Then the snow-ball effect started...

Since engine is out, let's clean it and paint it.

Now we have a shiney engine. Do we really want to put it into that old, grimey bay? So let's clean up the engine bay... one thing leads to another and I have the entire front suspension off the car, the wiring harnesses out, and the engine bay completely stripped for repainting.

Granted, the results are gorgeous and we're really happy with it, but it turned into a lot more work than if I had simply swapped the transmissions from below...

Or, the process in smilies:

/ubbthreads/images/graemlins/grouphug.gif /ubbthreads/images/graemlins/hammer.gif /ubbthreads/images/graemlins/crazyeyes.gif /ubbthreads/images/graemlins/cryin.gif /ubbthreads/images/graemlins/nonod.gif /ubbthreads/images/graemlins/confused.gif /ubbthreads/images/graemlins/frown.gif /ubbthreads/images/graemlins/mad.gif /ubbthreads/images/graemlins/grouphug.gif /ubbthreads/images/graemlins/tongue.gif /ubbthreads/images/graemlins/confused.gif /ubbthreads/images/graemlins/cheers.gif /ubbthreads/images/graemlins/driving.gif /ubbthreads/images/graemlins/thumbsup.gif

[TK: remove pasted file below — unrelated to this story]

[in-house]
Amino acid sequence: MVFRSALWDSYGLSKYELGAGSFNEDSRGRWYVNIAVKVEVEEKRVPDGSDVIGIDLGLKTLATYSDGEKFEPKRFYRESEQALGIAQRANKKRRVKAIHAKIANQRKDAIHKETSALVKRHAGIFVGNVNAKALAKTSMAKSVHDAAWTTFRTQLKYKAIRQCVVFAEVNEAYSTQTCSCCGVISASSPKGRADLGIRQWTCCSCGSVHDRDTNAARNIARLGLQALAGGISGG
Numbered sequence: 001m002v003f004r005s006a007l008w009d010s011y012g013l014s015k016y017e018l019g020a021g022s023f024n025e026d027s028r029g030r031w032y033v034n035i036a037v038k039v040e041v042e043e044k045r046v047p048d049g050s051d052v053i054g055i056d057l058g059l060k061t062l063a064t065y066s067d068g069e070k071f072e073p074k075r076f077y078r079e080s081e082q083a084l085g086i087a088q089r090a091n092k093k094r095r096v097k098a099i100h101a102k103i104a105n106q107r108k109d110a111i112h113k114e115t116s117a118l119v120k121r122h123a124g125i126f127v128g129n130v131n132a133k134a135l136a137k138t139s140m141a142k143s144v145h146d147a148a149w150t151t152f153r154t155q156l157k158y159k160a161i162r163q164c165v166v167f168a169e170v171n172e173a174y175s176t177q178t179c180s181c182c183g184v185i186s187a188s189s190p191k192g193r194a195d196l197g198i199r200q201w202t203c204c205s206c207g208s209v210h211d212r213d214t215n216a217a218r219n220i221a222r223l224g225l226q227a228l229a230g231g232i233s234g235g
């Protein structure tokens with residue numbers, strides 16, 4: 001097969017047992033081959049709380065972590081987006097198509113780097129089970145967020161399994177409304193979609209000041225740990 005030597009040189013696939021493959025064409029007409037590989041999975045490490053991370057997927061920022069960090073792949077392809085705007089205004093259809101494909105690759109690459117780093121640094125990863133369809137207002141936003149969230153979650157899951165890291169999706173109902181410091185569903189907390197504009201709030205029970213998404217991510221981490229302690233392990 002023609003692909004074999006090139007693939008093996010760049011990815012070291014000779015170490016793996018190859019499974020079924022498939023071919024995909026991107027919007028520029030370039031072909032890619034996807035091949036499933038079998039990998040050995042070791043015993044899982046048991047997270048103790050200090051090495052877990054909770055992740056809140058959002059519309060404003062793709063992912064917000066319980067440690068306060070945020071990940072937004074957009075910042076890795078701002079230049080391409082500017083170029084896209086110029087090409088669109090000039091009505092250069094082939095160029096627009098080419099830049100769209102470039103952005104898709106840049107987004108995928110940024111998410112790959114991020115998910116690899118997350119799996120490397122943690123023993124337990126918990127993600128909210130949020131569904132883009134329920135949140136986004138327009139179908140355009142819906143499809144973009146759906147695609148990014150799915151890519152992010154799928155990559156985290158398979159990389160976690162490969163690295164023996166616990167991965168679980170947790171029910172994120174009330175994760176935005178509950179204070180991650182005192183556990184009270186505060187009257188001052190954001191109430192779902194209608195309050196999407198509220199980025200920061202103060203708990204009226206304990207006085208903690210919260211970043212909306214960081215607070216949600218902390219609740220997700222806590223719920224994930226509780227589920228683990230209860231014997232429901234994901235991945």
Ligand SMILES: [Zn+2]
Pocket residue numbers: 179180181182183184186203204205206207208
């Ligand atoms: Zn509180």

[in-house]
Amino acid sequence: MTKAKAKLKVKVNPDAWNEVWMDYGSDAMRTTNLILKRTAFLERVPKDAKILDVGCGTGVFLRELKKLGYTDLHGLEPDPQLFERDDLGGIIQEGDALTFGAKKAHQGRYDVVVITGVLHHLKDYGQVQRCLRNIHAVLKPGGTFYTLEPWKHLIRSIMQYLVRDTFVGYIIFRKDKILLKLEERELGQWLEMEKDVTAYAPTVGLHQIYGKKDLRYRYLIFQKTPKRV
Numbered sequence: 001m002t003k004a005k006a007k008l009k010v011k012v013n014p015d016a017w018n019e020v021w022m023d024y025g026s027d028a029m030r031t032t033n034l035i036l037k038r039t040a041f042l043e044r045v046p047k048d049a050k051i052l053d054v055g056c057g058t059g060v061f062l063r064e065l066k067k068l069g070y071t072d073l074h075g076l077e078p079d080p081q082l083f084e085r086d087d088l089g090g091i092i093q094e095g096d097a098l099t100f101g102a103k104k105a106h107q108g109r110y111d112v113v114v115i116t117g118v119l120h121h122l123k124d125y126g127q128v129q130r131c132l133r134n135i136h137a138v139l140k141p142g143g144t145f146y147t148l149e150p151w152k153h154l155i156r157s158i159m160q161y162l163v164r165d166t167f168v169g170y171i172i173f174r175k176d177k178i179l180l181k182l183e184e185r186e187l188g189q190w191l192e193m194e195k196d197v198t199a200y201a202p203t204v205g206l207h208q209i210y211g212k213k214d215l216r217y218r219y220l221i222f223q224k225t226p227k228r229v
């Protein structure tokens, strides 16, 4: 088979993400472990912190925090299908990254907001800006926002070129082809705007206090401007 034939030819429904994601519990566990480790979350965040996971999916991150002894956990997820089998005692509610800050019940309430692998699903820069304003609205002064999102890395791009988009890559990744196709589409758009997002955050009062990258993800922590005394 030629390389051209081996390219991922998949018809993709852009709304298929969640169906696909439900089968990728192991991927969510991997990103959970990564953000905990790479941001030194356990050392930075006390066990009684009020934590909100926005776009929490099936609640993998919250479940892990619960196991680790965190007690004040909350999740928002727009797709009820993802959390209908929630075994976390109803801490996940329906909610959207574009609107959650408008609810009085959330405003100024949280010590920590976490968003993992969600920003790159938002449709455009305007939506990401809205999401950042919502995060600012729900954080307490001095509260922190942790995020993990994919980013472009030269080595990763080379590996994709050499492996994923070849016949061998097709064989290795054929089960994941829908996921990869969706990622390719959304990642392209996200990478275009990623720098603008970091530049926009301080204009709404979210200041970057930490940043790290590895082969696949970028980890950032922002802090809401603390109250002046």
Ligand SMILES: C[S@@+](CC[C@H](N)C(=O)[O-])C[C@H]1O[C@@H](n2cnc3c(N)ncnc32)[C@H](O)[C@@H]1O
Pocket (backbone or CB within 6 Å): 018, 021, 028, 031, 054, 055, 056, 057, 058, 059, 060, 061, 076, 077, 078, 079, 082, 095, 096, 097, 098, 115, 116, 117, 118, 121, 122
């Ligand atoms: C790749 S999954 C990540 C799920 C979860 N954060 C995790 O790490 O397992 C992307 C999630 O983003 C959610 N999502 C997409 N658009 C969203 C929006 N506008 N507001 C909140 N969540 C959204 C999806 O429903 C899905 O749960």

pa297pass
06-12-2006, 02:40 PM
[ QUOTE ]
... May even be a good time to put in the new floor pans...

[/ QUOTE ]

Bill:

This is called "shipwrights disease" ... be very wary of it. I have a non-LBC that I started changing the engine mounts on and ended up with a frame off restoration. It is still apart after 12 years of work.

My opinion is that you should get the car back on the road as soon as possible ... if it is easier and quicker for you to pull the engine, then I am all for it. Summer is the only time we get to drive these cars, at least where I live.

Good luck with whatever you end up doing.

Matt

bobh
06-12-2006, 02:40 PM
I say pull the engine and do the floors. Save your back! The only bad thing is the timimg. This is the time of year when you would rather be driving it than working on it. Although you have a more moderate winter than some members. How about a lightened flywheel while you're in there? "Sorry honey, I had no idea the flywheel was bad..."

Brosky
06-12-2006, 04:04 PM